We can peak into the mindset of the Israeli Knesset members when one of its leading members, Arieh Eldad, muses that "Jordan Is Palestine". All thanks to a misguided revival of the Jordanian Option, which was originally a plan to overlook the PLO twenty years ago and refuse to grant sovereignty for the Palestinians by seeking "moderates" to be the suitable partner for Israel. (Does that sound familiar to anyone?)
Eldad astutely quotes Rabin, "a Palestinian state will rise only on the ruins of Israel". Typically Eldad wants to promote the idea that the Palestinians want the demise of Israel (as some of them would welcome after sixty odd years of oppression), but unintentionally invokes the hardline that no Palestinian state will ever be given unless its 'on the ruins of Israel'. In crude lamen's terms, you'll have an independent state "over my dead body".
The Jordanian Option is demurred, because Eldad wants the world to recognise that:
"Jordan is Palestine. Between the Jordan River and the Mediterranean, only one country has a right to exist, the State of Israel. Palestinians have a state across the river. They are 70 percent of its citizens."
Woah. Exchange the word "Israel" for "Palestine", and you would have the typical perception that has conditioned public opinion for decades. But this is taboo, is it not? No. Eldad is just stating openly what every MK (besides the Arab ones) in the Knesset, past and present, have been thinking. They clearly do not want any state resembling viability next to them. ALL of the area between the Mediterranean to the Jordan River is reserved for the Jews. Not exactly a partner for peace, is it?
Eldad gives the statistic that 70 % of Jordan's citizens are Palestinians. Interestingly enough, what was left out is that these citizens are part of the Diaspora that Israel helped create since 1948. According to the Global Exchange website,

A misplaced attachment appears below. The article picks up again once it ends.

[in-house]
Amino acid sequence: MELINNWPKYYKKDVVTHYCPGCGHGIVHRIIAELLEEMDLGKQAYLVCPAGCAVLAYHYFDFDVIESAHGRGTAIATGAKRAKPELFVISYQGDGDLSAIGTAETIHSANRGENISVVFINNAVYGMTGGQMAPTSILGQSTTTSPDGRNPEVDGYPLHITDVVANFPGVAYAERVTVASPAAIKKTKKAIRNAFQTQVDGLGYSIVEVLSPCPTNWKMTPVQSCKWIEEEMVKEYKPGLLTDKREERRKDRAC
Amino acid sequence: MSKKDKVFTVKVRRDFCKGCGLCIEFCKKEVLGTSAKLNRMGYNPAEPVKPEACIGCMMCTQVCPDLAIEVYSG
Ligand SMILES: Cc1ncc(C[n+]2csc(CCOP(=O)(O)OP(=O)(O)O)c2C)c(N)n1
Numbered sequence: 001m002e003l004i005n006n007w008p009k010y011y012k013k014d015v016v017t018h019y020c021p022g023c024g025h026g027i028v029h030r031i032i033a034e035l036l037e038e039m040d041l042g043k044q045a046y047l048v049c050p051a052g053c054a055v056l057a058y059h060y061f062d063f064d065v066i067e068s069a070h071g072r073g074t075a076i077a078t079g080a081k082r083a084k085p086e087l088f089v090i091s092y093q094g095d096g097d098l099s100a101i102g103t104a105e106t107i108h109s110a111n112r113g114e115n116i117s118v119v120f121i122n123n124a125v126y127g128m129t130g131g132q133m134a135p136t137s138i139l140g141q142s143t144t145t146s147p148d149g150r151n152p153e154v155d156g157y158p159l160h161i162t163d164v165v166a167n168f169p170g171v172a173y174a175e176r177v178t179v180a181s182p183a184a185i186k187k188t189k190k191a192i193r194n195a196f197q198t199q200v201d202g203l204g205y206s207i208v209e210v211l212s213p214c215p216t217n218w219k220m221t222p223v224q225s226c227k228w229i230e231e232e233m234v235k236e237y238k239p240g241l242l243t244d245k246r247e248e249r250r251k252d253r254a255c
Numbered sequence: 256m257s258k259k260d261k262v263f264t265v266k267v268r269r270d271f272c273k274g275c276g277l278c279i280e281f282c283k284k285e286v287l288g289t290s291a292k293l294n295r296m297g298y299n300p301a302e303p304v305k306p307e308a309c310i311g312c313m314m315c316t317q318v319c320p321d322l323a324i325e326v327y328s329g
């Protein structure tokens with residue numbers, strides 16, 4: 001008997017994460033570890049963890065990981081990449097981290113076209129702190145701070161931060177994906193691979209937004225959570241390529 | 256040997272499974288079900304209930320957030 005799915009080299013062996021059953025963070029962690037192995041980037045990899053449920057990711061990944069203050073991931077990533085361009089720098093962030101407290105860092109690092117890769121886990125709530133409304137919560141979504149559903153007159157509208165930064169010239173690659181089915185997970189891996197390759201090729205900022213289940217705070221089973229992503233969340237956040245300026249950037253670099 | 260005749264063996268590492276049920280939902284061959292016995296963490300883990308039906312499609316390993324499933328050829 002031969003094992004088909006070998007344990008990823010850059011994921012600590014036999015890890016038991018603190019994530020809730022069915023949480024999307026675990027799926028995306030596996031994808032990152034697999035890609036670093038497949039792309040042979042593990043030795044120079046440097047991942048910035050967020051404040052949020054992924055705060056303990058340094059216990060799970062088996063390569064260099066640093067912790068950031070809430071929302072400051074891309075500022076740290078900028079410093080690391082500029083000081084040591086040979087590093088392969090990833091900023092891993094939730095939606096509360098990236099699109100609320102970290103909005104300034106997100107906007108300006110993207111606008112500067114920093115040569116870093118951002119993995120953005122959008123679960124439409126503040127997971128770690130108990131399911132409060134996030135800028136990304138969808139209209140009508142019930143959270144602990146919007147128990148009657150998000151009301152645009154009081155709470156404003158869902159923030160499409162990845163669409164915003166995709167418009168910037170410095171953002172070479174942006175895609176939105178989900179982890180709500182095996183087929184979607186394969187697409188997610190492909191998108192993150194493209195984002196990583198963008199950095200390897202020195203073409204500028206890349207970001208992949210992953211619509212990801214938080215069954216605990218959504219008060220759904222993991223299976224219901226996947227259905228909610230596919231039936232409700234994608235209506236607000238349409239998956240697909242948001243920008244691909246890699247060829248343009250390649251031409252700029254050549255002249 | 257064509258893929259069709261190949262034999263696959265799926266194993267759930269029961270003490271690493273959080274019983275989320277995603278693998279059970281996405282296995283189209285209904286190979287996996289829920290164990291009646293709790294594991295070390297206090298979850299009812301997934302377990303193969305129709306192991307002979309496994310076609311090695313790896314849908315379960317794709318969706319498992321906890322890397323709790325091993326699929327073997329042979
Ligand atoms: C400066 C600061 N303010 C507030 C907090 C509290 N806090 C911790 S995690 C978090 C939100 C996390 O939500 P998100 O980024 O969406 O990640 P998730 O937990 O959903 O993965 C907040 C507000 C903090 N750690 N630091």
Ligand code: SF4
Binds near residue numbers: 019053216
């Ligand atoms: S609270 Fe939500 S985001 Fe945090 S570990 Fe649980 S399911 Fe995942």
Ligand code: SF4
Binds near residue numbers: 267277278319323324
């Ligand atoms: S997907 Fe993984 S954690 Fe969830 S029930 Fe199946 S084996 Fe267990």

"Jordan has received the largest number of Palestinian refugees. An estimated 100,000 of all refugees fled across the Jordan River in 1948. A large majority of Palestinians are Jordanian citizens. Since the return of over 300,000 Palestinians from Kuwait in 1991, between 45% and 70% of all Jordanians are Palestinians from the West Bank. Although Palestinians suffer from discrimination and a large number still live in camps, Jordan has granted full citizenship to the Palestinian refugees and their descendents."
One wonders if a state can conveniently displace the indigenous population to the neighbour states, and then audaciously announce that they had no connection to the land and are really part of the country they inhabit in refugee camps.
"The land of Israel was already divided into two countries when Churchill tore what lies across from the Jordan River from our national home and gave it to the Arabs in 1922. And even if this was an historic crime against the Jewish people, it is already an historic fact we failed to change."
Nevermind that Transjordan was created by the British Empire for lovely oil purposes, Israel was founded in 1948, not 1922. Zionism was marked down in the land of Palestine and to this day, they still feel it an injustice that they were not only given 100 % of Palestine, instead of only 55 % (which they then forcefully took the rest from the Palestinians during 47-48), but the true part of Eretz Israel, even east of the Jordanian River. Statistics have shown that the Jewish population represented quite the minority even in 1922, at 11%. Up until the creation of the state, they only represented a third of the total population. And yet it is "an historic crime against the Jewish people". What kind of a crime is it against the Palestinians? Oh right. They are Jordanians, correct? In addition, wasn't all of this part of a sham self-determination policy that aimed to placate the indigenous population while being under the control of empirical satraps?
What Israel wants is expulsion. Whether it is with Eldad's "voluntary transfer", or with Olmert's slow destruction. No Palestinian state is negotiable for Israel: they want them expelled to the east of the River Jordan.